Using an anti-neurofilament counterstain, it was found that the majority of the changes measured in mGluR5 expression were in the ipsilateral A-fiber population, which showed an approximately threefold increase in PI index (p < 0.001) (Fig.2 g). This is illustrated in the scatter plots, which show increases in mGluR5 expression levels in the somata with medium to large cross-sectional areas (Fig. 2 a–c).
Partial sciatic nerve section: immunohistochemistry
Two weeks after fluorescent tracer introduction and sciatic nerve partial section, no significant differences were detected in mGluR5-IR PI index or in intensity or percentage of positively stained neurons between ipsilateral (i, 1.55 ± 0.018; 61%), contralateral (i, 1.67 ± 0.017; 53%), or naı̈ve (i, 1.59 ± 0.015; 62%) DRG neuronal profiles (Fig. 3). Using fluorescent retrograde tracers, the somata with damaged axons (FR, introduced to the transected nerve) and those with intact axons (FB, injected into the paw) were examined separately. mGluR5-IR PI, intensity, and the percentage of positively classified neurons decreased slightly in the damaged population (i, 1.33 ± 0.035; 47%) compared with intact (i, 1.42 ± 0.031; 50%) or control (i, 1.41 ± 0.025; 54%) populations (Fig.4 a–c,e).
Interestingly, mGluR5 expression levels were increased in the proximal damaged portion of the sciatic nerve (Fig. 4 d).
Partial sciatic nerve section: behavior
Two weeks after partial sciatic nerve section, animals exhibited thermal hyperalgesia of the ipsilateral paw (Fig.5). There was no significant change in withdrawal latencies of contralateral paws or hindpaws from sham-operated rats.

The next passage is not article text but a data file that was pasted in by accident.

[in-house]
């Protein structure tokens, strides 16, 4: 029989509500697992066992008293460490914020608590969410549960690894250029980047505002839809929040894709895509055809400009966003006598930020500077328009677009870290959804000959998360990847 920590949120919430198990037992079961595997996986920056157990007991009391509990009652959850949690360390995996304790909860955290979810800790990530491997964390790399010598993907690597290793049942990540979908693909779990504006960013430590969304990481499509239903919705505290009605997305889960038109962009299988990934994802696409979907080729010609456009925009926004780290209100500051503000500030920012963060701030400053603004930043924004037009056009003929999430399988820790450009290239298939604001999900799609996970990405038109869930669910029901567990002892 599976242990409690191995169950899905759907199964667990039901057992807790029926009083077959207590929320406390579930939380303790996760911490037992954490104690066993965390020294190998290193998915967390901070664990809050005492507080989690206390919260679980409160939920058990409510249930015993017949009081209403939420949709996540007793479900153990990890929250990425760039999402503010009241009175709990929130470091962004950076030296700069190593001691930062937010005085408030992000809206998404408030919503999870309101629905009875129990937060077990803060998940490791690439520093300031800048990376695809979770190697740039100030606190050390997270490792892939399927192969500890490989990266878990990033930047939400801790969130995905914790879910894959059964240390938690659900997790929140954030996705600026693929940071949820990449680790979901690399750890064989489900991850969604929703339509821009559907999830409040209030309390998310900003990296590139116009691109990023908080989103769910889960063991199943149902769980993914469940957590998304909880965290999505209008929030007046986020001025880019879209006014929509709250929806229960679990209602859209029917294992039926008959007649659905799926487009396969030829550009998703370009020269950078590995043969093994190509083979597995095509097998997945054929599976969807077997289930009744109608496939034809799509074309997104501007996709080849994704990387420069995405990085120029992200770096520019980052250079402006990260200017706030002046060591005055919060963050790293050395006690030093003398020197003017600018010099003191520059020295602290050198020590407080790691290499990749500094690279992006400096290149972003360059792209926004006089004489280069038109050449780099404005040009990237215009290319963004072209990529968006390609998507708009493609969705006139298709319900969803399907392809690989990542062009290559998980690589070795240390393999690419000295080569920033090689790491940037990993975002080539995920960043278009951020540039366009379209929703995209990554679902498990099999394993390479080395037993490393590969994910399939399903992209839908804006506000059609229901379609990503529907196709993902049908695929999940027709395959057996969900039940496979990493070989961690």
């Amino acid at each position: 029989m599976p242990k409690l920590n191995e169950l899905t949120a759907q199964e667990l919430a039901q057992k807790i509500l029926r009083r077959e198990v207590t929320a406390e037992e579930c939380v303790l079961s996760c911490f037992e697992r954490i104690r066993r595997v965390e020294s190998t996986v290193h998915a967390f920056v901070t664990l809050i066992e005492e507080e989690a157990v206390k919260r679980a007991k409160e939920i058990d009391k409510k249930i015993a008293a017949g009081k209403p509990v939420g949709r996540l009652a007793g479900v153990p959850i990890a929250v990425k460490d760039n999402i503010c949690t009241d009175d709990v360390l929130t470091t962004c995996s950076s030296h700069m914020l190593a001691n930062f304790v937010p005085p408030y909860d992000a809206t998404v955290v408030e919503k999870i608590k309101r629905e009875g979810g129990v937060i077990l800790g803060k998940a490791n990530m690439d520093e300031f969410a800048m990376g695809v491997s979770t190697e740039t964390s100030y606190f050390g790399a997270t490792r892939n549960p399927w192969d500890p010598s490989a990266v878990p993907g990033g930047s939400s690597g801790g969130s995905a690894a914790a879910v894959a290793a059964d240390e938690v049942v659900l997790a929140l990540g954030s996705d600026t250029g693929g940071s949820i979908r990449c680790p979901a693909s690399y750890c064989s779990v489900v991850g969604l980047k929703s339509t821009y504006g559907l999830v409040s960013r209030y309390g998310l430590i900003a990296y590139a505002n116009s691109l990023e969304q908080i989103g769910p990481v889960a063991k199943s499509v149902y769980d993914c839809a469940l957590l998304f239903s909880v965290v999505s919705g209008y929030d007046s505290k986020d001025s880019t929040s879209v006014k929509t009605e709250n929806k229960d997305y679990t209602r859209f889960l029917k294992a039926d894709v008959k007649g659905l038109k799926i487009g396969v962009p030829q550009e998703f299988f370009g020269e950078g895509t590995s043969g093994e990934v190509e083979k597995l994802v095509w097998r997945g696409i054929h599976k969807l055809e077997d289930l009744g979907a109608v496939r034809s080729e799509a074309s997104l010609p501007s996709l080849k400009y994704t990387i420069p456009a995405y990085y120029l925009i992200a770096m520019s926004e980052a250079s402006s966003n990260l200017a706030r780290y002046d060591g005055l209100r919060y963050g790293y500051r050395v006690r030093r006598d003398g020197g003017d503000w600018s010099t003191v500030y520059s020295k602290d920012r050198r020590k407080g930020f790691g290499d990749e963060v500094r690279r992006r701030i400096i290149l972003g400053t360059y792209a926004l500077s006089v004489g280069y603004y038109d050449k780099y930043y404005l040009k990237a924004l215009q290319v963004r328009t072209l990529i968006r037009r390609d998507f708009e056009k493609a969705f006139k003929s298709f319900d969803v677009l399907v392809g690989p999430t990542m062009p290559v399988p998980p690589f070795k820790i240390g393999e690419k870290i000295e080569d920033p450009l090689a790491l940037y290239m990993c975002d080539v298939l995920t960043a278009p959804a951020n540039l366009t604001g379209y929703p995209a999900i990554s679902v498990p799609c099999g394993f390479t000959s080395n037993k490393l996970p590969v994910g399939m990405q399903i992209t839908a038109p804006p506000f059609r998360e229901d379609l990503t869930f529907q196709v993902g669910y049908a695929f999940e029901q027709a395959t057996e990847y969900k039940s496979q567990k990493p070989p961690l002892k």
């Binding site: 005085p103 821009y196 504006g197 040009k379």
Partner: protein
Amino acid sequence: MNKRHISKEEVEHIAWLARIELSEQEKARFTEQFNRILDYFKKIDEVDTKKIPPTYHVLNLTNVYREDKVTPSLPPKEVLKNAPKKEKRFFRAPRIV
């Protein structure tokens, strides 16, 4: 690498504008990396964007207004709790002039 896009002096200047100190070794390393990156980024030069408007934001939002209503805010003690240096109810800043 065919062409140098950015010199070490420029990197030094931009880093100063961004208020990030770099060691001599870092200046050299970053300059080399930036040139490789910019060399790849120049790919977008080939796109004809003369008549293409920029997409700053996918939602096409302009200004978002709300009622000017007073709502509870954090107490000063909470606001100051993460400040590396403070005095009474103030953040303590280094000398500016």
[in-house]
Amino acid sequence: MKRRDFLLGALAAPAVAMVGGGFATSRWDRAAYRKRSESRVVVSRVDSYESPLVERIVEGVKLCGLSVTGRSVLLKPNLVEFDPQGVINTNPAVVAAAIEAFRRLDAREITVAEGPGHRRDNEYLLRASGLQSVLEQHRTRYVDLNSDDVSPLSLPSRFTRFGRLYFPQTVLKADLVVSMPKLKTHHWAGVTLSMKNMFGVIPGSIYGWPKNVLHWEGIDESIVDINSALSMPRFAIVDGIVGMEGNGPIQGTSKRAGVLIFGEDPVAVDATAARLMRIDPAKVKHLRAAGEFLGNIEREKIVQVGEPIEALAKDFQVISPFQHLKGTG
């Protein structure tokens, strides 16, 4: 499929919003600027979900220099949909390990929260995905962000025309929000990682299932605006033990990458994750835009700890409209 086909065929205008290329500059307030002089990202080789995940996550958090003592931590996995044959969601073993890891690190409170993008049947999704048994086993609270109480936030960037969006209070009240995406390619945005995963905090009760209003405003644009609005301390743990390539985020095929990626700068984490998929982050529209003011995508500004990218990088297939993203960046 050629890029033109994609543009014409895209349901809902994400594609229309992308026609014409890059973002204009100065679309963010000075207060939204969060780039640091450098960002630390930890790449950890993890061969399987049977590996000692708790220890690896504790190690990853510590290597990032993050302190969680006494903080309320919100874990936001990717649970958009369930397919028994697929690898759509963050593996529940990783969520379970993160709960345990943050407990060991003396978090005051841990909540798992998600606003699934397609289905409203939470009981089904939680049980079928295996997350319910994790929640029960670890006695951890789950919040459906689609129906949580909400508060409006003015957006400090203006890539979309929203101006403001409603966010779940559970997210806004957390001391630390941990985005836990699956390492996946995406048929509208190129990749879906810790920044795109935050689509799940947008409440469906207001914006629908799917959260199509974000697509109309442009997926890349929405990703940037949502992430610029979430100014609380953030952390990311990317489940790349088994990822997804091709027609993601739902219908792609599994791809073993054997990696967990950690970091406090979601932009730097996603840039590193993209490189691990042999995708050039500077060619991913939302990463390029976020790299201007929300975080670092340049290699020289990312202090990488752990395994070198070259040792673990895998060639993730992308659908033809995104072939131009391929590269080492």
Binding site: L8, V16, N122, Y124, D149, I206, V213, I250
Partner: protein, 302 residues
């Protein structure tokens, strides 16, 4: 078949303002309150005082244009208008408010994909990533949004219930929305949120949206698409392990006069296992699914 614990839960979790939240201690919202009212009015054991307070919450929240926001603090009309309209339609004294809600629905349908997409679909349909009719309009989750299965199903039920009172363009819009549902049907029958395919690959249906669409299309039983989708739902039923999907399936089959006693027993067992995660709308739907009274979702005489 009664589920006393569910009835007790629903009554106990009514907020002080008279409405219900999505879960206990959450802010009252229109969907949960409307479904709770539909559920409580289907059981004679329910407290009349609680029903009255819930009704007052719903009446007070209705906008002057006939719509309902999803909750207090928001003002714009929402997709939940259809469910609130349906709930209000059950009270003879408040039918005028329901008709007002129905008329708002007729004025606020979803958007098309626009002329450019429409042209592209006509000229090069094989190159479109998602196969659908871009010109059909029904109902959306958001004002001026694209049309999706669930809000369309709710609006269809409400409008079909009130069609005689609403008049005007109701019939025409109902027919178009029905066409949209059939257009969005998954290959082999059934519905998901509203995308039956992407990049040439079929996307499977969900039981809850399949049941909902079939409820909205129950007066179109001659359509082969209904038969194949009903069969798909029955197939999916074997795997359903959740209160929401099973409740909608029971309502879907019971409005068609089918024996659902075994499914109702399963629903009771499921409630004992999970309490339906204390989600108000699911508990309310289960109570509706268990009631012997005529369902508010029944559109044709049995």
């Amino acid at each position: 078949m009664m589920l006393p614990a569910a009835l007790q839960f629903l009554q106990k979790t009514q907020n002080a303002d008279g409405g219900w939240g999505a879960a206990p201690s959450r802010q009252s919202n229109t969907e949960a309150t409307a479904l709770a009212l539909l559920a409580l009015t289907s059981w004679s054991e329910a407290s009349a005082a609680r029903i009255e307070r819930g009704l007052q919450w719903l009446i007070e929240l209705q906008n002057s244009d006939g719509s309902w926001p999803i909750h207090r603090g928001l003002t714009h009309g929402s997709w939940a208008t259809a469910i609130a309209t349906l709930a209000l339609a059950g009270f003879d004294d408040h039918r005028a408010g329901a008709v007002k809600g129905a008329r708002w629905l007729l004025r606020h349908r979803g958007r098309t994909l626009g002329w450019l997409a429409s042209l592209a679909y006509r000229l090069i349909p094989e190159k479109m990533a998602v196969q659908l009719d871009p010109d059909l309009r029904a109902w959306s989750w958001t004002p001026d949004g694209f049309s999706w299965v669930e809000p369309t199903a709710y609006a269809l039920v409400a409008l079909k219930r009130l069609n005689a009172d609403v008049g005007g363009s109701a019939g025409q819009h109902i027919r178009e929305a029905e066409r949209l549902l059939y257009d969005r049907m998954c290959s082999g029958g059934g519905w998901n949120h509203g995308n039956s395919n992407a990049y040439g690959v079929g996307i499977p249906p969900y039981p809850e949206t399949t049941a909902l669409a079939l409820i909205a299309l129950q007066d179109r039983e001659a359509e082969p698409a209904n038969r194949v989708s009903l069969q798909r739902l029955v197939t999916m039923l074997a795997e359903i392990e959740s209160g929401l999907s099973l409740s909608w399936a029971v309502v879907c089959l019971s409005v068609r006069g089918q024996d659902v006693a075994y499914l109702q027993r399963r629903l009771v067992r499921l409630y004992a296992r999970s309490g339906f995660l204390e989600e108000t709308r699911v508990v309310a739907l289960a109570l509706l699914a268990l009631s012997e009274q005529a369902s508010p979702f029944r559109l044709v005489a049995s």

Oral administration of MPEP (10 and 100 mg/kg), the specific mGluR5 antagonist, did not affect the paw withdrawal latencies in naı̈ve or sham-operated animals and failed to reverse the thermal hyperalgesia caused by the partial nerve section (Fig. 5). Previously, we reported a lack of reversal of mechanical hyperalgesia or allodynia by MPEP in the same model (Walker et al., 2001a).
L5 spinal nerve ligation: immunohistochemistry
Three weeks after sham surgery, mGluR5 expression levels in both the A- and C-fiber populations were not significantly different from those of DRG from naı̈ve or contralateral animals (data not shown). Ether 2 or 3 weeks after L5 spinal nerve ligation, however, mGluR5 expression had increased in both uninjured L4 and injured L5 ipsilateral DRG neuronal profiles compared with contralaterals (Fig.6 a–d, only 3 week data shown). Increases in both mean mGluR5-IR and percentage of positively classified DRG neurons were measured in intact L4 (i, 1.9 ± 0.013; 74%) and damaged L5 (i, 1.95 ± 0.014; 87%) ipsilateral DRG neurons compared with contralateral DRG (i, 1.56 ± 0.016; 55%). Using an anti-neurofilament counterstain to detect myelinated A-fibers, mGluR5 PI was found to increase in both L4 and L5 ipsilateral A-fibers compared with controls. Large increases were measured in both the mean intensity and percentage of mGluR5-positive neurons of the ipsilateral L4 (i, 1.88 ± 0.015; 38%) and L5 (i, 1.82 ± 0.014; 57%) A-fiber populations when compared with controls (i, 1.27 ± 0.013; 6.1%). Unexpectedly, little change in nonmyelinated C-fiber mGluR5-IR was detected in ipsilateral L4 (i, 1.93 ± 0.015; 35.5%) or L5 (i, 2.1 ± 0.017; 38%) compared with controls (i, 1.6 ± 0.015; 49%).
VR1 and mGluR5 expression were measured in L4 ipsilateral and contralateral DRG neuronal profiles 3 weeks after L5 spinal nerve ligation (Fig. 7). Neurons were categorized as being neurofilament positive or negative using mouse anti-N52 counterstain. In contralateral L4 DRG neurons, 3% of neurofilament-positive profiles have positive VR1-IR. However, after L5 spinal nerve ligation, this increases to 33% in L4 ipsilateral DRG neurons (Fig. 7). Furthermore, 72% of these A-fibers that newly express VR1 after spinal nerve injury are also now positively IR for mGluR5 (Fig. 7).